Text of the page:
Wednesday, 23 March 2016

A Croft House's History

For many years, Mull View (right foreground), just along from the Ferry Stores in Ormsaigbeg, was a letting house: it was the house we stayed in when we first visited Kilchoan.  It's now a permanent residence and has recently had a facelift, with its harling - the layer of white-painted, gravelly mortar  - being removed and replaced. Harling has been used for many centuries on west coast Scottish buildings - Mingary Castle, built in the late 13th century, was originally harled - but the expense means that it's a relatively new feature on croft houses. Its main function is to act as a very effective waterproofing layer, but it does have a nasty habit of coming away from the underlying stonework, allowing water to enter the house.

Mull View, along with some other croft houses, shows evidence of the building's development, a diagonal ridge in the harling of the gable end which runs parallel to the roof line, so it was with some interest that I watched as the harling was removed.

This croft house was built some time before 1856 as it's marked on an early OS map of that year, but it may be as early as 1828. In that year the original residents of the Ormsaigbeg clachan that had existed for hundreds of years on the neighbouring Cruachan croft were cleared and redistributed to individual croft holdings. At the same time, they were joined by families cleared from other Estate clachans.

As the harling came away it could be seen that the original house was built very neatly of local stone but.... soon became apparent that the original house was single-storey and gable ended. The old clachan houses lacked gables and tended to have rounded corners. At some later date the house had been built up....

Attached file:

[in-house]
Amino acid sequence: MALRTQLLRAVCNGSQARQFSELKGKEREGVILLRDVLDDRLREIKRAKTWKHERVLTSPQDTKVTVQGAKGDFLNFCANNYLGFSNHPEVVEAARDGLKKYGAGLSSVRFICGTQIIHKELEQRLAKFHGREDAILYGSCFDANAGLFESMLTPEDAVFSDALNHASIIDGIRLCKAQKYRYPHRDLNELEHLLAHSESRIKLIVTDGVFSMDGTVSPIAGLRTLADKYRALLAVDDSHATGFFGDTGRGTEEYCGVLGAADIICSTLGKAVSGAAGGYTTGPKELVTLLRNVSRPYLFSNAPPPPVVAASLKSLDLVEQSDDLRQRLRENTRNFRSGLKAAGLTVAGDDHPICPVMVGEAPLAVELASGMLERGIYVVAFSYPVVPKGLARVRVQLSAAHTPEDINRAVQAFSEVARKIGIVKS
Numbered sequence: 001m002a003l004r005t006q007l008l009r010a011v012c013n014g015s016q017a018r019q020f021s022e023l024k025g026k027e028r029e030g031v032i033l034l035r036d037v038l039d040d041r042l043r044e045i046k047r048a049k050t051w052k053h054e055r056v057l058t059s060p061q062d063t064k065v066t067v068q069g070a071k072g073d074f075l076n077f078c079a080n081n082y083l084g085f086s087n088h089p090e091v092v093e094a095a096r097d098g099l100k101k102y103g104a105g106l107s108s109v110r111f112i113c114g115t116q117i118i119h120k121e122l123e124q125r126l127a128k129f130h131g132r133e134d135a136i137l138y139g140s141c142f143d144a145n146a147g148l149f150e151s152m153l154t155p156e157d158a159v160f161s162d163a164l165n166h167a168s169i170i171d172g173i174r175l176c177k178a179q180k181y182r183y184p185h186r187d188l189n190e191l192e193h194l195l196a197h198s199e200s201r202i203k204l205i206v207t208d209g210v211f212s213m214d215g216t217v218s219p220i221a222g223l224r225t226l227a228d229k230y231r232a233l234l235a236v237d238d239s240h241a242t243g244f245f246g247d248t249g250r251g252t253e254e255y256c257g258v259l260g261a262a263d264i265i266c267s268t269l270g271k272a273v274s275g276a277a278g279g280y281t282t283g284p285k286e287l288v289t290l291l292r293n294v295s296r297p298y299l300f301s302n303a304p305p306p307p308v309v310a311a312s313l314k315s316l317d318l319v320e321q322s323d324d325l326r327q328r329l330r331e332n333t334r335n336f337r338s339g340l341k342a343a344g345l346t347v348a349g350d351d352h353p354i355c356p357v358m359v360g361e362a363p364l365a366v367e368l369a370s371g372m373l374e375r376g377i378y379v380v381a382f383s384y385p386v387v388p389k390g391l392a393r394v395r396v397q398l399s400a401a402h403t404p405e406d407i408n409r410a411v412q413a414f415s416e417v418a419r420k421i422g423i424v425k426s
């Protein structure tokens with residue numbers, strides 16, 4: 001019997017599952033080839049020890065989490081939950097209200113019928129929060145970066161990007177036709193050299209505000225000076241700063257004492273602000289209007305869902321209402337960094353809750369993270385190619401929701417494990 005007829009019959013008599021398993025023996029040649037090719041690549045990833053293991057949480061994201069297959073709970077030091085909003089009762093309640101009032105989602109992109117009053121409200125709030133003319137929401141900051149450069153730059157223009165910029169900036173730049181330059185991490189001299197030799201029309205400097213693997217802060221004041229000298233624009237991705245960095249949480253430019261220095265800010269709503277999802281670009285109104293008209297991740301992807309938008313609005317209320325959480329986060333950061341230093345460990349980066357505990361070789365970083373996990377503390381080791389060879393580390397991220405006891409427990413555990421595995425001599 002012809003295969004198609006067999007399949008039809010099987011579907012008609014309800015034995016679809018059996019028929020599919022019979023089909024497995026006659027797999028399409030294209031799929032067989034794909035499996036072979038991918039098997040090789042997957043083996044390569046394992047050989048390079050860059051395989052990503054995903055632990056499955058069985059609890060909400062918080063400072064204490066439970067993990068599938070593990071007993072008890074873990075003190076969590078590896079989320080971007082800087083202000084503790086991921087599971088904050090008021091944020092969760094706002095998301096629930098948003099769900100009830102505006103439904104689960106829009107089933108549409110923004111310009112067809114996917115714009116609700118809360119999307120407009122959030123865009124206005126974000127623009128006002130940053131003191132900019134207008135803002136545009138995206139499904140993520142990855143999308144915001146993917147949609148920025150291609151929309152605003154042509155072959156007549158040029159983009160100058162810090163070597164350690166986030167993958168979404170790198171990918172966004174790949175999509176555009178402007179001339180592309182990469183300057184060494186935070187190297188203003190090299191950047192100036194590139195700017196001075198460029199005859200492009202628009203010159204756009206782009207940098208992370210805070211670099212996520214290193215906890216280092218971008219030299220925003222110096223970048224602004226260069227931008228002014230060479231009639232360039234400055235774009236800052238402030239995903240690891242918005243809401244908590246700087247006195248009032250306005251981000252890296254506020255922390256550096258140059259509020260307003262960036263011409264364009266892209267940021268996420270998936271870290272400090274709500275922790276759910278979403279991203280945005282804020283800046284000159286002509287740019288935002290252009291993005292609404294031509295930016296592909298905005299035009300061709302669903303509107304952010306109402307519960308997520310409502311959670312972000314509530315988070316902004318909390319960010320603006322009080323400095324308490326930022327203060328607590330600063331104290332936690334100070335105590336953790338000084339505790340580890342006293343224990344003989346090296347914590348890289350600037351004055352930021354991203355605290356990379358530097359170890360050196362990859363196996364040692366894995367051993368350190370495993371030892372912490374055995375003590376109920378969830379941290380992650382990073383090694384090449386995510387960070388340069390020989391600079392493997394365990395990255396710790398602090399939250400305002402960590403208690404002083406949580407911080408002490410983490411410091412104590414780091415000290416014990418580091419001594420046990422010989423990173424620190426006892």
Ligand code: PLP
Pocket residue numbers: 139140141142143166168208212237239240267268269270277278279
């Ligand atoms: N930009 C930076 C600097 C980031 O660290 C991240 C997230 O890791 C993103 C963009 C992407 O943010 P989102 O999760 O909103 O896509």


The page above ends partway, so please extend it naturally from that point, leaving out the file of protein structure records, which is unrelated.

....using red bricks. That bricks were used rather than free local stone must have been costly.

Before the harling layer is put back on, the surface is covered with a scratch coat of mortar, and then the harling, which is a fairly runny mortar, is 'cast' - thrown - onto the wall.


  1. never in my life have heard any villages in any of Ardnamurchans many townships or anywhere in the Gaidhealtachd being referred to by indigenous people as clachans.

  2. I use the word to distinguish them from the post-clearance croft 'townships' - see 'Clachans, Clearances and Crofts' in the right-hand column. If there's an alternative, it seems to be 'bailtean'. See Dodgshon's paper at

    1. Dodgshons paper & other relevant papers relating to this part of the world were often put together by people who never actually visited the area and were put together by visitors on their behalf.
      Bailtean is a far larger area or town than a small scattering of dwellings.
      Its very kind of you to point me in the direction of York university but they will tell you that what they hold on record is not entirely accurate.
      For this type of information why not talk to the locals.
      If any of them remember any village being referred to as a clachan then blow me down.
      Your photos are good.
      Take care.

  3. Billy Williamson23 March 2016 at 22:43

    My grandparents used to refer to their street as :the clachan",which I understood to mean a circle of houses.The street was Bedlormie drive, in the village of Blackridge, in West Lothian